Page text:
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Federal Investigations:  Target Letters, Proffers, and Plea Deals

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Invitations to Testify before a Grand Jury Can be a Red Flag You Need a Criminal Defense Lawyer

Federal agencies along with the prosecutors at the Office of the Attorney General for the United States (“AUSAs”) undertake criminal investigations throughout the State of Texas that are independent of any state or local (county, city) law enforcement efforts.  Agents from a variety of agencies (e.g., FBI, DEA, etc.) coordinate in federal criminal investigations that often include the use of a federal grand jury, where testimony is given upon subpoena of any number of people.

What is a Federal Grand Jury?

A federal grand jury is an independent body composed of a group of jurors who work together in two ways: (1) to investigate crime and initiate criminal proceedings; and (2) to protect citizens from having to face criminal charges that are without sufficient or proper evidentiary foundation.  Essentially, the federal grand jury decides if there is probable cause to believe that a federal criminal law has been violated by one or more people.   If the grand jury finds probable cause to exist, then an “indictment” is issued.  If not, then the case is “no billed.”

The AUSA is the only lawyer appearing before the grand jury; no defense attorney is involved in federal grand jury proceedings.  The federal prosecutor, as an officer of the court, advises the grand jury on the applicable law of the case.  He or she also presents evidence to the grand jury for consideration.  This evidence may be documentary or it may be provided by live testimony.

For details, read: GRAND JURY IN TEXAS: DEFENDING WITNESSES AND TARGETS OF GRAND JURY INVESTIGATIONS.

Federal Grand Jury Subpoena:  Witnesses, Subjects, and Targets

Those who testify before a federal grand jury do so pursuant to an official grand jury subpoena.  Some of the people who appear before a federal grand jury are there simply to provide information about the circumstances or details of the investigation’s subject matter.  They are witnesses.  Witnesses must testify under oath, but they are not suspected of committing any crime.

However, not everyone approached in a federal criminal investigation to testify before a grand jury is considered a mere “witness” in the proceedings.  There will be those who are considered “subjects” by the federal investigators.  Subjects are people that are under suspicion of wrongdoing.

Finally, there will be those who are asked to testify before federal grand juries that are considered to be “targets.”  A target is at the other end of the continuum from a “witness” from the government’s perspective.

Targets are those individuals that the federal prosecutor (AUSA) believes to have committed illegal acts and who is within the focus or scope of the investigation itself.  Targets are asked to appear before the grand jury to give testimony with the prosecution’s goal of obtaining sworn testimony that will help solidify a criminal conviction against the target(s).

  • Targets are defined as follows by the Justice Department: A “target” is a person as to whom the prosecutor or the grand jury has substantial evidence linking him or her to the commission of a crime and who, in the judgment of the prosecutor, is a putative defendant. An officer or employee of an organization which is a target is not automatically considered a target even if such officer’s or employee’s conduct contributed to the commission of the crime by the target organization. The same lack of automatic target status holds true for organizations which employ, or employed, an officer or employee who is a target.

Witnesses, subjects, and targets are three categories within the federal prosecution’s case file.  They are not set in stone:  the AUSA can change an individual’s label as he or she sees fit, as time passes and the case develops.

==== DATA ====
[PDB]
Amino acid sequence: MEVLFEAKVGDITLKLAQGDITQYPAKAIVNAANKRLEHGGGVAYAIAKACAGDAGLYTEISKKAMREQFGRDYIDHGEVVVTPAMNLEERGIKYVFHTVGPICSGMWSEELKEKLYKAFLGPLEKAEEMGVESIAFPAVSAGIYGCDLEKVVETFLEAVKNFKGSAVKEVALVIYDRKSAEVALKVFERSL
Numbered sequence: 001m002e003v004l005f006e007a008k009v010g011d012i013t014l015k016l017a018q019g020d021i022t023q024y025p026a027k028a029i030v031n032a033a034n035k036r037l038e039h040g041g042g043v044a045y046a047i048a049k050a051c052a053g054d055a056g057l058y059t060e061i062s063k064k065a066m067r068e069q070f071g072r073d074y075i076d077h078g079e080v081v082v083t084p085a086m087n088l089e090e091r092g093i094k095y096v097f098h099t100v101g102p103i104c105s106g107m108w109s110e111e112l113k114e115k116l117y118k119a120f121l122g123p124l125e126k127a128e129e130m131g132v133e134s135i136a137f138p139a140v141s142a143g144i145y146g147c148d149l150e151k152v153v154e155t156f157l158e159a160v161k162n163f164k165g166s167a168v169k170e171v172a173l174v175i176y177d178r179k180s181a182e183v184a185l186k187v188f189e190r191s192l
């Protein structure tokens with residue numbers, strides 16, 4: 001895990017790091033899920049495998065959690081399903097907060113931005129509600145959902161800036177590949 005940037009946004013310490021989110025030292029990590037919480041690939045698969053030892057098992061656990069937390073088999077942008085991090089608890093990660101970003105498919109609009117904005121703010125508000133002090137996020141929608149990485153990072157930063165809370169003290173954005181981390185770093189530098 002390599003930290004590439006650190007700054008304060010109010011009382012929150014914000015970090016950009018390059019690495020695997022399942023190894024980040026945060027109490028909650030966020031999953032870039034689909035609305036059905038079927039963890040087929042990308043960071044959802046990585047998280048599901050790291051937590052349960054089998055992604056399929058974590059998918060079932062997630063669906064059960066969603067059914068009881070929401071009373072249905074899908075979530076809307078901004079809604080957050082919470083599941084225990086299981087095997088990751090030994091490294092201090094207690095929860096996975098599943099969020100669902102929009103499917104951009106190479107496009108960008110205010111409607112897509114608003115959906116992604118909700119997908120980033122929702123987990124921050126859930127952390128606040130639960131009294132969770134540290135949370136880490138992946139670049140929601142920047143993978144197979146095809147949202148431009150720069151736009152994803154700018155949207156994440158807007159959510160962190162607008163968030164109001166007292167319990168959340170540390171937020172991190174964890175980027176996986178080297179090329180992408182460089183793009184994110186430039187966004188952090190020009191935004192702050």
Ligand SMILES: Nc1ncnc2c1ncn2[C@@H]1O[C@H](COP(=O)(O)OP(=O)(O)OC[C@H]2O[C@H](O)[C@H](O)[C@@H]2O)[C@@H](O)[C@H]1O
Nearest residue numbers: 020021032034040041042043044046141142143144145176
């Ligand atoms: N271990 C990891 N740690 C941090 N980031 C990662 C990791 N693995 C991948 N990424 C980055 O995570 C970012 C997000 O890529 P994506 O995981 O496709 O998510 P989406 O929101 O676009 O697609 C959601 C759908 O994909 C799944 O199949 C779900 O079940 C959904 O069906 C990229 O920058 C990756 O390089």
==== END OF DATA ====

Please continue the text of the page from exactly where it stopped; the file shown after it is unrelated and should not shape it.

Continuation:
There is no federal law that requires the federal prosecutor to tell the individual (or his defense lawyer) what category has been assigned to him; however, the current policy of the Justice Department to advise anyone that they are being considered as either a “subject” or a “target” in a pending grand jury investigation.  See, United States Department of Justice Manual, 91.11-151.

This is done by mail, through what is commonly called a “target letter.”

The Target Letter

In a “target letter,” the witness is advised that he or she is being considered as a “target” of an investigation into their conduct as being in violation of one or more federal criminal laws.  The Justice Department requires its AUSAs to include a specific “Advice of Rights” in this correspondence.

The target letter itself may be a separate piece of correspondence or it may be attached to the grand jury subpoena itself.  Either way, it will include the following “Advice of Rights” language:

  • The grand jury is conducting an investigation of possible violations of Federal criminal laws involving the general subject matter of inquiry, e.g., conducting an illegal gambling business in violation of 18 U.S.C. § 1955.
  • You may refuse to answer any question if a truthful answer to the question would tend to incriminate you.
  • Anything that you do say may be used against you by the grand jury or in a subsequent legal proceeding.
  • If you have retained counsel, the grand jury will permit you a reasonable opportunity to step outside the grand jury room to consult with counsel if you so desire.
  • The witness’s conduct is being investigated for possible violation of federal criminal law.

See, United States Department of Justice Manual, 91.11-150.

The Assistant United State Attorney in charge of the investigation will write the letter.  An example of this type of target letter is provided online by the Justice Department here.

Target letters can also be delivered by federal agents involved in grand jury proceedings.  In a recent representation, an agent of the Federal Bureau of Investigation hand-delivered a target letter to my client.  The FBI agent then attempted to interview her about the underlying allegations related to health care insurance fraud.

Image: Redacted Copy of the Target Letter received by my client in November 2020.

The letter encourages the target to hire a lawyer; at the time she received the target letter, she had not hired me and had no criminal defense counsel.

After taking the case and reading the target letter, I understood the AUSA who drafted the letter did so with the hope that the target would hire a competent federal criminal defense lawyer who knows what to do.  It was clear to me that the AUSA very much viewed my client as a valuable witness in a much larger conspiracy case.